And I wished so dearly that we had a disposable income that I could somehow discreetly pay for her groceries, or somehow slip some cash into her purse without her noticing, or something.  I've heard of people doing such things, especially around holidays, and I so wished I could do something tangible.

But instead, all I had was the prayer.  And so I offered it.

  • When have you been led to prayer in unexpected places?

Sunday, January 27, 2013

the birth story I never told

Elliott told me I should blog about my thought-processes on birth.  I never really wanted to do so for various reasons, but my husband's probably right.

But before I do I feel I must say: I do not judge any woman her desire for the birth experience in her heart, or the birth experience she ends up having.  It's such a personal matter, and there are so many things at play.  I also do not judge anyone for decisions made in the pain of the moment.  But I am hardest on myself, and my birth experience was just... difficult.  For me.

This is just my story.  That's all.

Some women share their birth stories right after they happen, but I didn't dare.  I didn't want to expose myself in this way, because I felt like I failed myself.

I realize that I didn't fail, but I didn't admit to anyone how it felt to leave the hospital -- having given birth in the exact opposite way I had hoped.  This pregnancy is bringing all these thoughts back up for me -- forcing me to deal with them -- because I get to make new decisions now.  And I want to make the ones that -- even if the birth doesn't go as planned (and which ones do?) -- will let me feel empowered.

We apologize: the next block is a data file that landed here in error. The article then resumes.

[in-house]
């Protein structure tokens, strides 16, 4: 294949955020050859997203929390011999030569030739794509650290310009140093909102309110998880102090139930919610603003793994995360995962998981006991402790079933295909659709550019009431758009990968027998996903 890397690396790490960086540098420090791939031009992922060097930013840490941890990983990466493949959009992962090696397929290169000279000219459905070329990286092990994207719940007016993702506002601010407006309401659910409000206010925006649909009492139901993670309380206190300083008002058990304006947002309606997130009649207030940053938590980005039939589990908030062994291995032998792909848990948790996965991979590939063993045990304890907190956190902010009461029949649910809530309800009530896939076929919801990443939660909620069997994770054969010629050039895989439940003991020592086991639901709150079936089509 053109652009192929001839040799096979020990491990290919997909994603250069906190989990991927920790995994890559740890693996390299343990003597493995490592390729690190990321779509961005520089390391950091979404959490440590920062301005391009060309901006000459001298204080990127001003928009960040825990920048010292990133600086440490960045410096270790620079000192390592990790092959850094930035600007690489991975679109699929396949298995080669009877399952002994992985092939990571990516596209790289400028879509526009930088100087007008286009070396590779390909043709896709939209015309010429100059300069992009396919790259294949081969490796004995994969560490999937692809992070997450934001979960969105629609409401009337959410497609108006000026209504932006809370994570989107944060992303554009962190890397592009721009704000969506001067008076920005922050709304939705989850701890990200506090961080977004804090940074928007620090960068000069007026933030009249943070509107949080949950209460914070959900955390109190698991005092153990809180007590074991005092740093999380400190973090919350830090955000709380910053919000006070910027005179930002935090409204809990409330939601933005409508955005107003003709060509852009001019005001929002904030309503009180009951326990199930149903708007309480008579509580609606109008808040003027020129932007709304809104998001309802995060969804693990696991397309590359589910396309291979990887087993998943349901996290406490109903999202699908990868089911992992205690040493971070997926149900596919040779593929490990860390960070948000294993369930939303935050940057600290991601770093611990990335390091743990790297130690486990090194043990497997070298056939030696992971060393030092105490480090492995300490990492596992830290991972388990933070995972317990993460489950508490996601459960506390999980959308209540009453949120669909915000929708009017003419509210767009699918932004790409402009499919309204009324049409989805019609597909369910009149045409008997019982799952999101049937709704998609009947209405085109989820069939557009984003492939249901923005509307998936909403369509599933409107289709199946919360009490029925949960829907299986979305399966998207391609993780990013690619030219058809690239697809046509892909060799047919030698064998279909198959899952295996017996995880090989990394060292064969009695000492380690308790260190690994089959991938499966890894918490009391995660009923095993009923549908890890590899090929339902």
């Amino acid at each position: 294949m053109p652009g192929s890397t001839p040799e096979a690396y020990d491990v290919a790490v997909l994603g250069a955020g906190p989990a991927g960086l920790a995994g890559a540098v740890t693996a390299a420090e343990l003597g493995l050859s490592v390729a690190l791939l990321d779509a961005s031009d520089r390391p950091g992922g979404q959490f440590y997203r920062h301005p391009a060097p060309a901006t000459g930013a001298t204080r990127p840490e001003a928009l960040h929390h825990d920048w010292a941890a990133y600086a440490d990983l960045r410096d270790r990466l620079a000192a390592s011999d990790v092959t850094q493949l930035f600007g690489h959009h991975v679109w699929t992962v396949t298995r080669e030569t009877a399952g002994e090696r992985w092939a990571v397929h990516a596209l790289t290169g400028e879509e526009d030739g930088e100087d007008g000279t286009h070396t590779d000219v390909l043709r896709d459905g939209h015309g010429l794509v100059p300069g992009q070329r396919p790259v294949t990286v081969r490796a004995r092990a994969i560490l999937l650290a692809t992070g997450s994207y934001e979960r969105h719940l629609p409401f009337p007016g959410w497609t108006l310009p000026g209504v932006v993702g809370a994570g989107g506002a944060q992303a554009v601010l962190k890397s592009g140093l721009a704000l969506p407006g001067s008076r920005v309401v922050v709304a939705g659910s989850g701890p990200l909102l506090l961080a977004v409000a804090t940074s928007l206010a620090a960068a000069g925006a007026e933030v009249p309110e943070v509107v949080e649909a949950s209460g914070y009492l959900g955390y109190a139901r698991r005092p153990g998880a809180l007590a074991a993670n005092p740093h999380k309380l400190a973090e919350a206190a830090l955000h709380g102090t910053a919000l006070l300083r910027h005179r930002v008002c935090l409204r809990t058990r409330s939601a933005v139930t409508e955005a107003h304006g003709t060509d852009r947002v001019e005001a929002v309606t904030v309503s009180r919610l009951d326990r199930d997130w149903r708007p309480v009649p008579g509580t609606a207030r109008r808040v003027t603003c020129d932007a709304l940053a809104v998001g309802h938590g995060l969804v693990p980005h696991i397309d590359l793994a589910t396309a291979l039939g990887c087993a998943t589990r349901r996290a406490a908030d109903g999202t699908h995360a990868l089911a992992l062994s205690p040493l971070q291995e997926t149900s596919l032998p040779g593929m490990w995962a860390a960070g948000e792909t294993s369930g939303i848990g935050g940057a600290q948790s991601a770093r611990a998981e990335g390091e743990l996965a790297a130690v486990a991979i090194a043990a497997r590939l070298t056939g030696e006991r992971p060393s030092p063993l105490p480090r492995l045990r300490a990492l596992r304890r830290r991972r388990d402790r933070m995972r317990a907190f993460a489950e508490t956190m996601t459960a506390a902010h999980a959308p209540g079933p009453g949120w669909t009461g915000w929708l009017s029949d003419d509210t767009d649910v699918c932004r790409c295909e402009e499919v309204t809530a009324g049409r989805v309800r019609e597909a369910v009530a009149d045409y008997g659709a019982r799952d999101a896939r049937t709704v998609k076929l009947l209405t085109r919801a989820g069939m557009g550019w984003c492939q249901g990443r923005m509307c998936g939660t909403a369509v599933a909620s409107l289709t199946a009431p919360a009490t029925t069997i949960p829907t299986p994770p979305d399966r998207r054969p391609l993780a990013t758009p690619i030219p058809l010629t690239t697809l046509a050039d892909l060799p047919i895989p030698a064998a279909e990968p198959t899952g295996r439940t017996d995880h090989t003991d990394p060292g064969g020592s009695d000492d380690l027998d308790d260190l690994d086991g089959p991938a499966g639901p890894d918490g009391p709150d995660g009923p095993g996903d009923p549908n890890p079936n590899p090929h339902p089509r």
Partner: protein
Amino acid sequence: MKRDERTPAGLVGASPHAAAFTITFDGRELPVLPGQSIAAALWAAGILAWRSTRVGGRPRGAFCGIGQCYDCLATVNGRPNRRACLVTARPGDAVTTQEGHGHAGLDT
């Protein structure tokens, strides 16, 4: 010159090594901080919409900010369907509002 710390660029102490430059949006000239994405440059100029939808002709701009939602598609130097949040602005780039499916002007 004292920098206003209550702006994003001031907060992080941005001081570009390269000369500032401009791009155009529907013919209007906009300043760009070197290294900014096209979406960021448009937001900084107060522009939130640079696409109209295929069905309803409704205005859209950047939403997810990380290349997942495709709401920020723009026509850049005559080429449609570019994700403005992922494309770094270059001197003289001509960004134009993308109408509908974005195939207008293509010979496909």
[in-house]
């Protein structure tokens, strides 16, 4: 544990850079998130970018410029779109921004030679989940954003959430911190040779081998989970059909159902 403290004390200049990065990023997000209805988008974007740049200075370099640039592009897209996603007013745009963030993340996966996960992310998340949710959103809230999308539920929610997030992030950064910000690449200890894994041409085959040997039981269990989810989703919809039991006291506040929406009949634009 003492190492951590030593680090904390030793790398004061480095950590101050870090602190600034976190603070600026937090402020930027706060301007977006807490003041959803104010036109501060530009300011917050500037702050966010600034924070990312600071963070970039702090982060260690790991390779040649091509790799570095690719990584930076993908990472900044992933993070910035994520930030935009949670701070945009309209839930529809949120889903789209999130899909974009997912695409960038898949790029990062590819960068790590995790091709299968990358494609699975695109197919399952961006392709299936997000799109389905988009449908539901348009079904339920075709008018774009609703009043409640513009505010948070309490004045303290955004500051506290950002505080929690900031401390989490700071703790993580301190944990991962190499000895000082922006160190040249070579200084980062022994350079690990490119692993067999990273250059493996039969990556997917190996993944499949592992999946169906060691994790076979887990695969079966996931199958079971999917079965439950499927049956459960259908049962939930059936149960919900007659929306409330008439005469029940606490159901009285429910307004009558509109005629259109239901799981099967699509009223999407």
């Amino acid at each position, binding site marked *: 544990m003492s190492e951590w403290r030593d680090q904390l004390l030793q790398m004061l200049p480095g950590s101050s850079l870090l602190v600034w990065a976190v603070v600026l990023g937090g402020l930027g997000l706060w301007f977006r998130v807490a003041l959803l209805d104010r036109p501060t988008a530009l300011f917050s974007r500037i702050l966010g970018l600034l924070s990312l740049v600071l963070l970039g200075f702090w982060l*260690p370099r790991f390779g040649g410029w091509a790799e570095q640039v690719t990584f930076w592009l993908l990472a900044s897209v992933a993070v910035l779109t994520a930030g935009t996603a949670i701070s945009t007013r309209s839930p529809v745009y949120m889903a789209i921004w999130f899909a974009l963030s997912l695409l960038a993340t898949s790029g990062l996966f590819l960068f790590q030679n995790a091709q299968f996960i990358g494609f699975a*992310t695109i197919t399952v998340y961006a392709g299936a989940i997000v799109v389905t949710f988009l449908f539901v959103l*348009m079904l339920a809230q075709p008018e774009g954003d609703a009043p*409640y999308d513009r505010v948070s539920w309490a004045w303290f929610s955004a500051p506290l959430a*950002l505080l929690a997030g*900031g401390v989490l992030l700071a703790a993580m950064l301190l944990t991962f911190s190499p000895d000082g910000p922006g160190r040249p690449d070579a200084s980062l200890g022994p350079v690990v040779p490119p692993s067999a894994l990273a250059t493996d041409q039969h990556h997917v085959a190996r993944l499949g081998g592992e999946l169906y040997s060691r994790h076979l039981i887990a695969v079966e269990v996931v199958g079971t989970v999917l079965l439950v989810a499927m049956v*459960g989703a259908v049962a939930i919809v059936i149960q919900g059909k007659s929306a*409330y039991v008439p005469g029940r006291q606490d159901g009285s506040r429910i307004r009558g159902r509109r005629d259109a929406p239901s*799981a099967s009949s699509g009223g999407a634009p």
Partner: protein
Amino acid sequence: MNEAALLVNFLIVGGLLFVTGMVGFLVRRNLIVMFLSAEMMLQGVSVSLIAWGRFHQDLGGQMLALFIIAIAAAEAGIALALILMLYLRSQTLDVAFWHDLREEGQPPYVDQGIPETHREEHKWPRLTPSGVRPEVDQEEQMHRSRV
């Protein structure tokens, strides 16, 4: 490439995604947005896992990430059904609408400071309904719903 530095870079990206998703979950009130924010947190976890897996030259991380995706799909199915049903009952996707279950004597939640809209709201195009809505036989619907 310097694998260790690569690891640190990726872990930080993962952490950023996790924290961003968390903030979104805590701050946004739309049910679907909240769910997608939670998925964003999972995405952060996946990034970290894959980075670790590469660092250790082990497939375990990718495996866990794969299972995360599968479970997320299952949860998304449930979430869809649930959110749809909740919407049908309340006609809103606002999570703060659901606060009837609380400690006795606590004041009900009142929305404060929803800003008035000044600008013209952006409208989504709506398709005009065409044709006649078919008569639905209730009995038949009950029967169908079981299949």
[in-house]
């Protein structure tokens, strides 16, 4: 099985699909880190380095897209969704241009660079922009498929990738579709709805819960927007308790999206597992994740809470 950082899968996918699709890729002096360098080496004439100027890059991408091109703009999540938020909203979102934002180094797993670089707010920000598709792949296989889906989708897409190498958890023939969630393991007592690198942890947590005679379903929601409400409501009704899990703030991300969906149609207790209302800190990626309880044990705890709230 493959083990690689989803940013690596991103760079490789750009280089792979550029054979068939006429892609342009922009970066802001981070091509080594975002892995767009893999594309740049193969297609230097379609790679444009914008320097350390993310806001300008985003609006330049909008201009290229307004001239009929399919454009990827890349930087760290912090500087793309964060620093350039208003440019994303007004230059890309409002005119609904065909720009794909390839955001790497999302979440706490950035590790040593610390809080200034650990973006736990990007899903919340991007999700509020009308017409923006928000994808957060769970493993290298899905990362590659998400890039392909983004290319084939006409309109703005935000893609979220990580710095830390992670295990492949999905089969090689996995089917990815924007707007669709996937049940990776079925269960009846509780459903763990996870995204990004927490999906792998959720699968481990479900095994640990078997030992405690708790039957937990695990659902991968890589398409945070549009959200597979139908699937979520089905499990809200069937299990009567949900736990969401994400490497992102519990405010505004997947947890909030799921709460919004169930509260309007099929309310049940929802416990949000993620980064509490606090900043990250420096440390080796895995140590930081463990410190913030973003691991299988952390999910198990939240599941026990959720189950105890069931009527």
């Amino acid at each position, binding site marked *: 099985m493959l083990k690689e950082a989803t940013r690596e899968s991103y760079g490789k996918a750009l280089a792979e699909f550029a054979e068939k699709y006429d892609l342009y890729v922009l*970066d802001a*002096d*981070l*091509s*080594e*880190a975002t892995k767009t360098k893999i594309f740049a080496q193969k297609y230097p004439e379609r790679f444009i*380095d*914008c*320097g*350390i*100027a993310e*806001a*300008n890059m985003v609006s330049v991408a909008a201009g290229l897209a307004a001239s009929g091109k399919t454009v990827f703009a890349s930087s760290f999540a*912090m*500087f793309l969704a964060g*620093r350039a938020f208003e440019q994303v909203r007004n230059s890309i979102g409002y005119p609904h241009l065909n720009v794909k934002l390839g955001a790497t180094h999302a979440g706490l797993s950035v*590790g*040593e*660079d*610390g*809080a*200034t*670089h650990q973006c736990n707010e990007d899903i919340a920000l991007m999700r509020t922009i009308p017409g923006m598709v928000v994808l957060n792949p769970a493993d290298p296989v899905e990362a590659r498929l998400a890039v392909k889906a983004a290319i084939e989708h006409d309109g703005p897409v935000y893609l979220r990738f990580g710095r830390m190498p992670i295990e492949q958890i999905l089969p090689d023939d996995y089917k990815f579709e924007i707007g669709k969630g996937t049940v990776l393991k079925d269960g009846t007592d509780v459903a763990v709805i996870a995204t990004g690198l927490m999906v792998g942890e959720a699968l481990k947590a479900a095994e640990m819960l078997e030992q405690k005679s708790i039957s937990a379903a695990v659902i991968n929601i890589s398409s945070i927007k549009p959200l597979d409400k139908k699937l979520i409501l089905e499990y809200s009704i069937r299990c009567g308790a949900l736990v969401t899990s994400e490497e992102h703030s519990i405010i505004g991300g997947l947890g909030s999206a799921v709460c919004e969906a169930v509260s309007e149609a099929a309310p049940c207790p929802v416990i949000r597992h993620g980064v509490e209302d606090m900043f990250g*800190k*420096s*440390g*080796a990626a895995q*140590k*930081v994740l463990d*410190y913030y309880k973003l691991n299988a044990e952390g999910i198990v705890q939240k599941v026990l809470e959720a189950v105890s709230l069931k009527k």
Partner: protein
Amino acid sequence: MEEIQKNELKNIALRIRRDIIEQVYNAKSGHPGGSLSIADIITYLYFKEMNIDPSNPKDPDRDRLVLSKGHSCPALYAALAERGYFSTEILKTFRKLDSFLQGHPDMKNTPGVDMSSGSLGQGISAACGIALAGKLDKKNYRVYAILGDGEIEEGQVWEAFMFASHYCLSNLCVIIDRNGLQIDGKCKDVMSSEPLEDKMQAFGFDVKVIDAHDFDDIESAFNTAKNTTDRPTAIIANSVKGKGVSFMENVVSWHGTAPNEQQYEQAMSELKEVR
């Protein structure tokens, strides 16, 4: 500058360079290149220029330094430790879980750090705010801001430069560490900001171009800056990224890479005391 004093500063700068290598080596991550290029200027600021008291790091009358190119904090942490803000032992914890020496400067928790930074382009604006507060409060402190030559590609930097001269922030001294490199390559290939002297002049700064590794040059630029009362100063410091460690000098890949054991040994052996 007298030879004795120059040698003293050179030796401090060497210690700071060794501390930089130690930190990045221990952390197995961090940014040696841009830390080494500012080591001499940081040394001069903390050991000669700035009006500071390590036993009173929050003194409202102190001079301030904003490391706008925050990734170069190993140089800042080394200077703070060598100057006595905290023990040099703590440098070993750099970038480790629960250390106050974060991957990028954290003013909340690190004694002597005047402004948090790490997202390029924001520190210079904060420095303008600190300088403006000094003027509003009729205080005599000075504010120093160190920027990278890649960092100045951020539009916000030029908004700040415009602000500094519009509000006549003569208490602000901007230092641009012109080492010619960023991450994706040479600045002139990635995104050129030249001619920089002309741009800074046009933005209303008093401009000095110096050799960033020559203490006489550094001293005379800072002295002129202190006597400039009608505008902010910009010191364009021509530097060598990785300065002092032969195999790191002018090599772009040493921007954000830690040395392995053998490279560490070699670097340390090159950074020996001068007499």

Warning: If you are pregnant with your first child, just think twice about reading this story.  It's not the worst story of them all, but I know it doesn't help women to hear "horror" birth stories, so if you're super sensitive, just disregard the post.  Or just know I warned you.  I don't want to discourage anyone.

The Plan
When I first found out I was pregnant with Gwendolyn, I (without thinking much about it) decided to go the traditional route: doctor, hospital, and (yes) epidural.  I didn't even give it a second thought.  I like safety and I dislike pain -- plus all the closest people in my life went with this route, so it seemed like the obvious choice.